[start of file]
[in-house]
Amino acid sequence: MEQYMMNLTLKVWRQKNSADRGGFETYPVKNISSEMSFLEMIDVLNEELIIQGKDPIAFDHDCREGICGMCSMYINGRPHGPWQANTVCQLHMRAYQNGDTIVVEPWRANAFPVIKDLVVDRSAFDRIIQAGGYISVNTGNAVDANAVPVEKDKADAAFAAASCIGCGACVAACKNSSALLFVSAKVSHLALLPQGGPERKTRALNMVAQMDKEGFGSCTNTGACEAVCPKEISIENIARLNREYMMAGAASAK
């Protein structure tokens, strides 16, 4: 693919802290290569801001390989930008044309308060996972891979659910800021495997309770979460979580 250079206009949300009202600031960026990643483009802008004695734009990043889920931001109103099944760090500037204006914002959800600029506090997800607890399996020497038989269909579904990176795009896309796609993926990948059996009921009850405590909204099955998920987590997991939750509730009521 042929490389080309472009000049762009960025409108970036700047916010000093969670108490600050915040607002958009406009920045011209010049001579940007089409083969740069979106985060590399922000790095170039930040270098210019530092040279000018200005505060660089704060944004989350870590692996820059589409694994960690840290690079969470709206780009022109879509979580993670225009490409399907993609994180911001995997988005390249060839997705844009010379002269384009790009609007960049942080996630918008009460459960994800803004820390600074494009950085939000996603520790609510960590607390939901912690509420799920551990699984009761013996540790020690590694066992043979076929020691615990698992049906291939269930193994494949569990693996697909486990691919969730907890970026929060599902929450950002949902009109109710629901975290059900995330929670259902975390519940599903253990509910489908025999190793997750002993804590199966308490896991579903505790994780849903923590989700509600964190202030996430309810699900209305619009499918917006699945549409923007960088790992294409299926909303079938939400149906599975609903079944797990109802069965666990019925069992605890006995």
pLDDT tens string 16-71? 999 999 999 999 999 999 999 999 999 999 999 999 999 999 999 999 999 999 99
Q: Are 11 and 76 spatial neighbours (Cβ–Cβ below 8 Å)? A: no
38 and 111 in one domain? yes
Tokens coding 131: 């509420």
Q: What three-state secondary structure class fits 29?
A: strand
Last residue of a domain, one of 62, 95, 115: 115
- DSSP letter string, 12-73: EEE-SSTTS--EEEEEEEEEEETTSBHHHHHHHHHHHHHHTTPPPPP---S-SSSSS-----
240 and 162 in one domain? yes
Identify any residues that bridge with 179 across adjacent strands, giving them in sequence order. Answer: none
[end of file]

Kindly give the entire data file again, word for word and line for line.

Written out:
[in-house]
Amino acid sequence: MEQYMMNLTLKVWRQKNSADRGGFETYPVKNISSEMSFLEMIDVLNEELIIQGKDPIAFDHDCREGICGMCSMYINGRPHGPWQANTVCQLHMRAYQNGDTIVVEPWRANAFPVIKDLVVDRSAFDRIIQAGGYISVNTGNAVDANAVPVEKDKADAAFAAASCIGCGACVAACKNSSALLFVSAKVSHLALLPQGGPERKTRALNMVAQMDKEGFGSCTNTGACEAVCPKEISIENIARLNREYMMAGAASAK
């Protein structure tokens, strides 16, 4: 693919802290290569801001390989930008044309308060996972891979659910800021495997309770979460979580 250079206009949300009202600031960026990643483009802008004695734009990043889920931001109103099944760090500037204006914002959800600029506090997800607890399996020497038989269909579904990176795009896309796609993926990948059996009921009850405590909204099955998920987590997991939750509730009521 042929490389080309472009000049762009960025409108970036700047916010000093969670108490600050915040607002958009406009920045011209010049001579940007089409083969740069979106985060590399922000790095170039930040270098210019530092040279000018200005505060660089704060944004989350870590692996820059589409694994960690840290690079969470709206780009022109879509979580993670225009490409399907993609994180911001995997988005390249060839997705844009010379002269384009790009609007960049942080996630918008009460459960994800803004820390600074494009950085939000996603520790609510960590607390939901912690509420799920551990699984009761013996540790020690590694066992043979076929020691615990698992049906291939269930193994494949569990693996697909486990691919969730907890970026929060599902929450950002949902009109109710629901975290059900995330929670259902975390519940599903253990509910489908025999190793997750002993804590199966308490896991579903505790994780849903923590989700509600964190202030996430309810699900209305619009499918917006699945549409923007960088790992294409299926909303079938939400149906599975609903079944797990109802069965666990019925069992605890006995």
pLDDT tens string 16-71? 999 999 999 999 999 999 999 999 999 999 999 999 999 999 999 999 999 999 99
Q: Are 11 and 76 spatial neighbours (Cβ–Cβ below 8 Å)? A: no
38 and 111 in one domain? yes
Tokens coding 131: 């509420």
Q: What three-state secondary structure class fits 29?
A: strand
Last residue of a domain, one of 62, 95, 115: 115
- DSSP letter string, 12-73: EEE-SSTTS--EEEEEEEEEEETTSBHHHHHHHHHHHHHHTTPPPPP---S-SSSSS-----
240 and 162 in one domain? yes
Identify any residues that bridge with 179 across adjacent strands, giving them in sequence order. Answer: none